On Sunday, New Democrat MP Charlie Angus was attending a candlelight vigil in Ottawa for victims of the Pittsburgh synagogue massacre when he was approached by an older Jewish gentleman. Many powerful words were spoken that day but this man’s message particularly resonated.
“He said, ‘How is it that in light of the people killed at the Tree of Life synagogue, Canada is putting out the welcome mat for Steve Bannon?’ ” Angus recalled of their conversation. “It really struck me and I thought, ‘We have to use our voices to speak out.’
“Because words from Steve Bannon have had an ugly effect. Is there a direct connection with the killings? No, but they’re setting the table for some very, very ugly violence.”
This week, Angus added his voice to a growing chorus of opposition to an upcoming Munk Debate with Bannon, the notorious alt-right provocateur and former chief strategist to U.S. President Donald Trump. The Friday night event — a debate over the future of populism and politics at Roy Thomson Hall — will pit Bannon against David Frum, an editor with The Atlantic and former speech writer to George W. Bush.
The event has drawn protests since it was first announced in September, shortly after Bannon was dropped by the New Yorker Festival amid fierce public backlash. But opposition to the Munk Debate has intensified in the wake of Saturday’s deadly synagogue shooting in Pittsburgh, with federal and provincial NDP politicians now decrying Bannon’s appearance in Toronto.
Debate organizers held fast on Tuesday, however, and defended the event as a “public service” allowing ideas to be “vigorously contested” so the public can draw its own conclusions.
“In our increasingly polarized societies we often struggle to see across ideological and moral divides,” Munk Debates chair Rudyard Griffiths said in a statement. “Civil and substantive public debate of the big issues of our time helps all of us better understand the challenges we face as a society and what, if anything, can be done to resolve them.”
On Tuesday, a coalition of community organizers also held a press conference urging Munk Debates to cancel the event. Should the debate continue as planned, there will be a protest of “hundreds, hopefully thousands” outside the venue, the coalition said.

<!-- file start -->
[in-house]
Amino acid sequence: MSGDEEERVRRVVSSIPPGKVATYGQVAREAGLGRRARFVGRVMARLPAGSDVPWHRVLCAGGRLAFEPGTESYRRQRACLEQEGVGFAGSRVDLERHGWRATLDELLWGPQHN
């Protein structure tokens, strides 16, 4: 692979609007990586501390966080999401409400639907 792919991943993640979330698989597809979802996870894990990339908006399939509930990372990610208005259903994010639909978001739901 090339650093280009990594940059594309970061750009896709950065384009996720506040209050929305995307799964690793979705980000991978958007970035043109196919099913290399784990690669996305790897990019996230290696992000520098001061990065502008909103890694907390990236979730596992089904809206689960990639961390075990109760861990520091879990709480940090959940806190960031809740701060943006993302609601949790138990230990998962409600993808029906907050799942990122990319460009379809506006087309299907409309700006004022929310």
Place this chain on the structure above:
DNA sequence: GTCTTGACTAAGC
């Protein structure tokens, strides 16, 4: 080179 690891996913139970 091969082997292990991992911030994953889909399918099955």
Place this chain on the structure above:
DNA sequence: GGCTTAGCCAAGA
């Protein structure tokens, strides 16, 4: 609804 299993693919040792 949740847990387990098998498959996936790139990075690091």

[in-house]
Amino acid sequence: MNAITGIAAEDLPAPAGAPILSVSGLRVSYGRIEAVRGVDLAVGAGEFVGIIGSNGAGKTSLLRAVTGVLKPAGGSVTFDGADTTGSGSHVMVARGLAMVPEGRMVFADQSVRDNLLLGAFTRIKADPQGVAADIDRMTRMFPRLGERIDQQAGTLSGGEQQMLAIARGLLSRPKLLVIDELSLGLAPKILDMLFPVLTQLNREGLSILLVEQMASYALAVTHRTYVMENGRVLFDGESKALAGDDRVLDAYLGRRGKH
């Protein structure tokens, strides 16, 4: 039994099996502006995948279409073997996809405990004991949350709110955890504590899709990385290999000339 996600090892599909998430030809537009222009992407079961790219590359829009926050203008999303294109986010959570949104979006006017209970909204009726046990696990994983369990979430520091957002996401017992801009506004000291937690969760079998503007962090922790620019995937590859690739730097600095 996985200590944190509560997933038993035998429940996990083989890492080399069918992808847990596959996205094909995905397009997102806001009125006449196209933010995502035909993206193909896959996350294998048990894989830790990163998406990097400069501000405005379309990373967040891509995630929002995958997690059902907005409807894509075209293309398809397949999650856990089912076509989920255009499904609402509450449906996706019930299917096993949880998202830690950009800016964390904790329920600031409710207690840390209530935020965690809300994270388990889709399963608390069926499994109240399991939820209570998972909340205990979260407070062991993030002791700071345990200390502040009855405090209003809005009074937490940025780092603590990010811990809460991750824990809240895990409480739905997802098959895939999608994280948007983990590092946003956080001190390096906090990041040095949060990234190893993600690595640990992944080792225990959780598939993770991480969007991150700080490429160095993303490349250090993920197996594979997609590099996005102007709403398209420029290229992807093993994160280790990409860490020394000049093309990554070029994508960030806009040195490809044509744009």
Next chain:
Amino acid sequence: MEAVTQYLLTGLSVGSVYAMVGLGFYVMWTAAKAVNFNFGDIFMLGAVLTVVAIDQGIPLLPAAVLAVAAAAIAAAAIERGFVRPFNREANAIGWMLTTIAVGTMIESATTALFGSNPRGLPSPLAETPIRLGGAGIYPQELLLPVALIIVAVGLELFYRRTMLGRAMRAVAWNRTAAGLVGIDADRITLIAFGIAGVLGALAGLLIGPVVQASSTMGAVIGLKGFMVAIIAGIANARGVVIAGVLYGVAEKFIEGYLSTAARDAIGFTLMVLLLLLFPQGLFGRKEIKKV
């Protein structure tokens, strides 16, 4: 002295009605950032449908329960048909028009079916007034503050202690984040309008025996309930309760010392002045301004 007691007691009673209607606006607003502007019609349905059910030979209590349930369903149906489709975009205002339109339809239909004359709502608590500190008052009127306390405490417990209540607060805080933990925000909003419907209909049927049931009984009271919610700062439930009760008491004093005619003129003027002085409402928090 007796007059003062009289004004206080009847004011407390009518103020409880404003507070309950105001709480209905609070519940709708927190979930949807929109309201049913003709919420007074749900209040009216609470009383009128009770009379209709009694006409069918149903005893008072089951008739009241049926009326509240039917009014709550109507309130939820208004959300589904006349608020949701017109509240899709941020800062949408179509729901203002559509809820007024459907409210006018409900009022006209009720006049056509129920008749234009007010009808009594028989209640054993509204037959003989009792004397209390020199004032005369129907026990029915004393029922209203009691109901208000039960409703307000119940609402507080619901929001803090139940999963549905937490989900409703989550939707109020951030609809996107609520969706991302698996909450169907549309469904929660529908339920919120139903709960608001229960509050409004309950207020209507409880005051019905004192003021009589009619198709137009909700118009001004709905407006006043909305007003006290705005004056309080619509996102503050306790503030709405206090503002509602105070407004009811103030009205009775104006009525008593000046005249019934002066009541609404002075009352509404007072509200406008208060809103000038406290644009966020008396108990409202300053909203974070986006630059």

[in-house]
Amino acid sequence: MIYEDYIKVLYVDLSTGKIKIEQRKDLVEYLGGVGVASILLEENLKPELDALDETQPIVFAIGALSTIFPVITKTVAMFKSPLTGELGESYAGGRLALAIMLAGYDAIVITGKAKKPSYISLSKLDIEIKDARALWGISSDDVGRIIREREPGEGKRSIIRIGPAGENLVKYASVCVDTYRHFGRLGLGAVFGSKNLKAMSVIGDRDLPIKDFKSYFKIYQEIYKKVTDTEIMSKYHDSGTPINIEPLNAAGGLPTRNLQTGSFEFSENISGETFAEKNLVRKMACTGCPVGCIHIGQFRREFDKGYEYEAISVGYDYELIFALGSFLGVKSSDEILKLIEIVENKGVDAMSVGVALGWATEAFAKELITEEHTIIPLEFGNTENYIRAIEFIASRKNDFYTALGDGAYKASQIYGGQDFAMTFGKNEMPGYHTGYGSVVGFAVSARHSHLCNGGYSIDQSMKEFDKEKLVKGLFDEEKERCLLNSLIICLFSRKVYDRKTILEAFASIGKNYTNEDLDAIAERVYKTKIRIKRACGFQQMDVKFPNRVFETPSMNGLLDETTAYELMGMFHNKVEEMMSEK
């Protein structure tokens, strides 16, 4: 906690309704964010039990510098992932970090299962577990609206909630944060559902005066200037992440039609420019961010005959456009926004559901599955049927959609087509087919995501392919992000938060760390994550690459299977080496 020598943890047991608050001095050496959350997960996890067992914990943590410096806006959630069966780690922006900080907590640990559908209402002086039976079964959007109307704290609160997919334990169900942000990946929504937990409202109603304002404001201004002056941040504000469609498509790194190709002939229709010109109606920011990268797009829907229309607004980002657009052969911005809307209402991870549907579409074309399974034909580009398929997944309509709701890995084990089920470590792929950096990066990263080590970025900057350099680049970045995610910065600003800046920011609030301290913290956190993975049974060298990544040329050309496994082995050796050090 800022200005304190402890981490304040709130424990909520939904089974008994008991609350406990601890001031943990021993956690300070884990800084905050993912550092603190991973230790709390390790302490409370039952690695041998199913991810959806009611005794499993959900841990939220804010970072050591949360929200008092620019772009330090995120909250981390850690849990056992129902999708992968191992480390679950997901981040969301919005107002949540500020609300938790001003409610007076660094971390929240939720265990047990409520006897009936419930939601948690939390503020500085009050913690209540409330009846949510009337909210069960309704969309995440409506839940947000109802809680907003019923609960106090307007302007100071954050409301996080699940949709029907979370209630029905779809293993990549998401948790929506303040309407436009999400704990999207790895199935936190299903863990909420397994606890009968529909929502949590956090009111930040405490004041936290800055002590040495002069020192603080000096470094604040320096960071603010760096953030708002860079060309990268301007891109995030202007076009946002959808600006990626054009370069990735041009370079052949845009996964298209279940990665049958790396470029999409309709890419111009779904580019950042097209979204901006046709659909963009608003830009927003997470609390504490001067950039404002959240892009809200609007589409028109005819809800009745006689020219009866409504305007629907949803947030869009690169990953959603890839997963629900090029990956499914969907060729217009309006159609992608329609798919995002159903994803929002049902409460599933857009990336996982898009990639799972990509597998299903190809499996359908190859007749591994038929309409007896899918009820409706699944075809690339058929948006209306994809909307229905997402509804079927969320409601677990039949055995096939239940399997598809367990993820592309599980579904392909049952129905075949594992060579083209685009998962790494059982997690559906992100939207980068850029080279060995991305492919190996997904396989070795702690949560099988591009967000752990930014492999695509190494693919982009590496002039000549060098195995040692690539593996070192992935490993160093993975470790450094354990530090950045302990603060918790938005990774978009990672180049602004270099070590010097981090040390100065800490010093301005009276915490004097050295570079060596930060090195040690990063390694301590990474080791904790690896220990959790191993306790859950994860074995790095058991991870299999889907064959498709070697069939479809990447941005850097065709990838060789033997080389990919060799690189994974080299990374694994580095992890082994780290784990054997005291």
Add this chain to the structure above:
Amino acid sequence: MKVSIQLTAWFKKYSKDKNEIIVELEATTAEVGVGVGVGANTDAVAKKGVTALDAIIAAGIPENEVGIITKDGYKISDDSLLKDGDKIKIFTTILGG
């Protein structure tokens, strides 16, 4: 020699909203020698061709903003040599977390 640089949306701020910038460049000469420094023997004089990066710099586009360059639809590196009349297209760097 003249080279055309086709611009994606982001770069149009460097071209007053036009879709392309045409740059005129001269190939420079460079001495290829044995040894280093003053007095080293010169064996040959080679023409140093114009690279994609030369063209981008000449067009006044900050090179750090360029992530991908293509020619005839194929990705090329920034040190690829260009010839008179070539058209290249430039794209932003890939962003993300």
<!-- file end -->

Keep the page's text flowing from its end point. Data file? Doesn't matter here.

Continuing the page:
“Don’t give a megaphone and a stage to a white supremacist,” said Sharmeen Khan with the organization No One is Illegal.
At the press conference, the coalition laid out Bannon’s polarizing “resumé,” which includes executive chair of the alt-right Breitbart News website, architect of controversial Trump policies like the travel ban on Muslim-majority countries, and supporting nationalists and far-right leaders around the world.
Bannon has “personally contributed to the normalization of hate, which led to the rise of neo-Nazi fascist groups and hate crimes,” the coalition said.
“The hate we are witnessing is serious; in fact, it is deadly,” said Rachel Epstein, executive director with the United Jewish People’s Order.
Angus noted that after the Pittsburgh shooting, many Jewish community leaders asked Trump not to visit until he publicly denounced white nationalism. But Bannon, Angus said, is the “architect of white nationalism. So why is Canada inviting him on a week of such horrific anti-Semitic violence?”
“I think there’s a real naiveté around this, that this is somehow an exchange of ideas,” he said. “That’s not why Steve Bannon comes to Canada; he comes because we give him a platform to bring views into the mainstream that would otherwise be abhorrent to citizens.”
With files from The Canadian Press
Jennifer Yang is a Toronto-based reporter covering identity and inequality. Follow her on Twitter: @jyangstar